Cicada Killer Wasp
This frightening-looking insect looks like a hornet, but it's actually a Cicada Killer Wasp. They don't typically bother humans unless provoked.

Are Cicada Killers Dangerous?

The cicada killer is known to be one of the largest wasps in North America, reaching lengths of up to 2 inches (5 cm). This makes many people ask us 'are cicada killers dangerous?' Most people consider this species to be an effective predator of pest insects, but is it considered dangerous to humans? If you happen to get stung, these stings can be very painful and may cause itching and swelling around the area where you were stung. You may even experience dizziness or nausea from being stung by the cicada killer wasp.

But are cicada killers dangerous?

It is important to understand what a cicada killer is and what it does. Despite their size, cicada killers don’t have very powerful stingers and are relatively docile. They also won’t sting you at all if you don’t bother them. Cicada killers usually won’t attack you unless provoked. When cicada killers do sting people it’s believed that they mistook you for prey. Regardless of whether or not they are actually dangerous, cicada killers certainly look like intimidating insects! When walking in areas where there might be some nearby, always be careful when stepping on logs or rocks—the insects could be lurking underneath. If you do happen to find one in your yard, try not to provoke it: get out of its territory as quickly as possible!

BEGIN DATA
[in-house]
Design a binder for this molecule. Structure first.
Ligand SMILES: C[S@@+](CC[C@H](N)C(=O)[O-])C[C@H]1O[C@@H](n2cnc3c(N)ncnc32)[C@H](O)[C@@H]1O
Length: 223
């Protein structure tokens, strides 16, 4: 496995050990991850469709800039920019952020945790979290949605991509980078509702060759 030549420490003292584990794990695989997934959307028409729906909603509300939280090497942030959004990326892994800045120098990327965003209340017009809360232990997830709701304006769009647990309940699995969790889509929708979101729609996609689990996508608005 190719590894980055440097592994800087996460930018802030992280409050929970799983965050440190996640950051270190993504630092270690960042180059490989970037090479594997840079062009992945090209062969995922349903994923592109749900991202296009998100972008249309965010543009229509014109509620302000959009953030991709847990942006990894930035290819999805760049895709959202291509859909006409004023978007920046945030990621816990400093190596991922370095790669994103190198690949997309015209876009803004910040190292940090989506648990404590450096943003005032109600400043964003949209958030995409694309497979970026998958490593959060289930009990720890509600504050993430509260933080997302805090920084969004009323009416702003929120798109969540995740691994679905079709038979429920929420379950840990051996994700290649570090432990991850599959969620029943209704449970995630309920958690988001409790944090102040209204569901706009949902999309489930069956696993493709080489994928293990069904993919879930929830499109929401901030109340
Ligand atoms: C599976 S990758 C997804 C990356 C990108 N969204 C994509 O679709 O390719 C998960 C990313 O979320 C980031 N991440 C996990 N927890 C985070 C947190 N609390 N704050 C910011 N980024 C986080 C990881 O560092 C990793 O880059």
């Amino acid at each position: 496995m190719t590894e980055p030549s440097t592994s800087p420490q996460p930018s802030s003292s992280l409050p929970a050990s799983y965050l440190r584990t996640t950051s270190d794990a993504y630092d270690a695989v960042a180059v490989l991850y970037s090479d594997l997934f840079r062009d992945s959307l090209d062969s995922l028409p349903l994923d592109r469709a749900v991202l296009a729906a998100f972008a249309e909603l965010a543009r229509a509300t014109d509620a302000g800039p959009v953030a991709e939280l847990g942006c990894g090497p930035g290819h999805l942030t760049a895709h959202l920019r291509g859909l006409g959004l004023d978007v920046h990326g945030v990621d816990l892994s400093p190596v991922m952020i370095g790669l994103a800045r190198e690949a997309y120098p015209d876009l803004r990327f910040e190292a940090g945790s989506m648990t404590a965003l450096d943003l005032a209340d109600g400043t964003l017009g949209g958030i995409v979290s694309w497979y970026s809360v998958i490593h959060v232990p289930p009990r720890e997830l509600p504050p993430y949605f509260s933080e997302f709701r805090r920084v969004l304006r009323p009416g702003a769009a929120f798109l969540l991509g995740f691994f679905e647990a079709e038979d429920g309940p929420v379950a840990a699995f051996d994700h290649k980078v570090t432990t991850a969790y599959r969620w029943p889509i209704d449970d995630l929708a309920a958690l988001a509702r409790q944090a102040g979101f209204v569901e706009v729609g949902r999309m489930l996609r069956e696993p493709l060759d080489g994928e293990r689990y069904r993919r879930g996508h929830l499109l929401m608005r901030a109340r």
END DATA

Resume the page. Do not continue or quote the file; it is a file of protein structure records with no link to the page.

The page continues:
Are Cicada Killer Wasps?

Cicada killer wasps are large wasps. They are among the largest known species of hymenopterans, a family that includes ants, bees, and other stinging insects. They're also solitary, which means they live alone instead of in colonies. The name cicada killer comes from their diet: adult cicadas. These wasps will dig burrows up to 3 feet deep to find underground and kill cicadas, and lay their eggs inside of them. The larvae then live off the cicada, until they mature and burrow out of their host to begin life on their own.

With large black eyes and shiny black bodies, it’s easy to see why cicada killers are a member of our natural world’s most beautiful creatures. What is less widely known is that they are also opportunistic hunters of any insects that might fall within their reach—even insects as large as wasps and yellow jackets. Luckily for us, cicada killers do not sting humans. They do, however, have powerful mandibles capable of delivering a painful bite. If you encounter one in your yard or garden, keep your distance and be sure to warn curious children about its presence.

Should You Get Rid Of Cicada Killers?

These wasps are common across North America and can be difficult to get rid of because they often build their nests in places you’d never expect—inside your house, for example. Cicada killers are not aggressive toward humans, but if you disturb a nest or come into contact with one of these insects, it might sting in self-defense. This is rare, though; most people will go through their entire lives without ever encountering a cicada killer.

How to get rid of them

Cicada killers will often move away if you step on them or spray them with water. If you need to get rid of them, it can be a lengthy process. Because they are solitary insects, there is no nest to treat and remove. Treatment usually requires applying a liquid or dust product to each individual nesting location. Many homeowners choose to eliminate cicada killers because of how scary they look.

My Pest Pros at 703-665-4455 or online if you need help with cicada killers, stinging pests, or other pest problems.